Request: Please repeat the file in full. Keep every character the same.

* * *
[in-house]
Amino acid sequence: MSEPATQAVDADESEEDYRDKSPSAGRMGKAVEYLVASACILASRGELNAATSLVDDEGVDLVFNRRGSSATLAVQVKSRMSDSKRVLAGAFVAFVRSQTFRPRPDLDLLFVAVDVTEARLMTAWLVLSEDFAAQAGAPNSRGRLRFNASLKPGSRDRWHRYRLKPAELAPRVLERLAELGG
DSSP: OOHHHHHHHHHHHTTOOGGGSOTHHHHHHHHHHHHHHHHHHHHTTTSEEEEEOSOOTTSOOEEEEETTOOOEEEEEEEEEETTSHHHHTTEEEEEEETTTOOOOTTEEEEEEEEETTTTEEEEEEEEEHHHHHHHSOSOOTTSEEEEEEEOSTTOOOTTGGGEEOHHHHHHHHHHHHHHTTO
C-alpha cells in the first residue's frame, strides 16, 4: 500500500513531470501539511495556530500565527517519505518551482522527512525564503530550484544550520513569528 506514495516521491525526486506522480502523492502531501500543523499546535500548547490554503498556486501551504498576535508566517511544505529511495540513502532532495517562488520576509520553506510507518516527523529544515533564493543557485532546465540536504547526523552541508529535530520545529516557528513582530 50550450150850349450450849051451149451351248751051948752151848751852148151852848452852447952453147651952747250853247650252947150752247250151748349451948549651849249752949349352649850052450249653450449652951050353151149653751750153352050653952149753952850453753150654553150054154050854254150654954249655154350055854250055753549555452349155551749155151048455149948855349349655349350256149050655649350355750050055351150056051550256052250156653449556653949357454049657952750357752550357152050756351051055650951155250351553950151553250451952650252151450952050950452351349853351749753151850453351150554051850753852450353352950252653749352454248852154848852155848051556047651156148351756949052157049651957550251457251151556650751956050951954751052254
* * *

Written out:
[in-house]
Amino acid sequence: MSEPATQAVDADESEEDYRDKSPSAGRMGKAVEYLVASACILASRGELNAATSLVDDEGVDLVFNRRGSSATLAVQVKSRMSDSKRVLAGAFVAFVRSQTFRPRPDLDLLFVAVDVTEARLMTAWLVLSEDFAAQAGAPNSRGRLRFNASLKPGSRDRWHRYRLKPAELAPRVLERLAELGG
DSSP: OOHHHHHHHHHHHTTOOGGGSOTHHHHHHHHHHHHHHHHHHHHTTTSEEEEEOSOOTTSOOEEEEETTOOOEEEEEEEEEETTSHHHHTTEEEEEEETTTOOOOTTEEEEEEEEETTTTEEEEEEEEEHHHHHHHSOSOOTTSEEEEEEEOSTTOOOTTGGGEEOHHHHHHHHHHHHHHTTO
C-alpha cells in the first residue's frame, strides 16, 4: 500500500513531470501539511495556530500565527517519505518551482522527512525564503530550484544550520513569528 506514495516521491525526486506522480502523492502531501500543523499546535500548547490554503498556486501551504498576535508566517511544505529511495540513502532532495517562488520576509520553506510507518516527523529544515533564493543557485532546465540536504547526523552541508529535530520545529516557528513582530 50550450150850349450450849051451149451351248751051948752151848751852148151852848452852447952453147651952747250853247650252947150752247250151748349451948549651849249752949349352649850052450249653450449652951050353151149653751750153352050653952149753952850453753150654553150054154050854254150654954249655154350055854250055753549555452349155551749155151048455149948855349349655349350256149050655649350355750050055351150056051550256052250156653449556653949357454049657952750357752550357152050756351051055650951155250351553950151553250451952650252151450952050950452351349853351749753151850453351150554051850753852450353352950252653749352454248852154848852155848051556047651156148351756949052157049651957550251457251151556650751956050951954751052254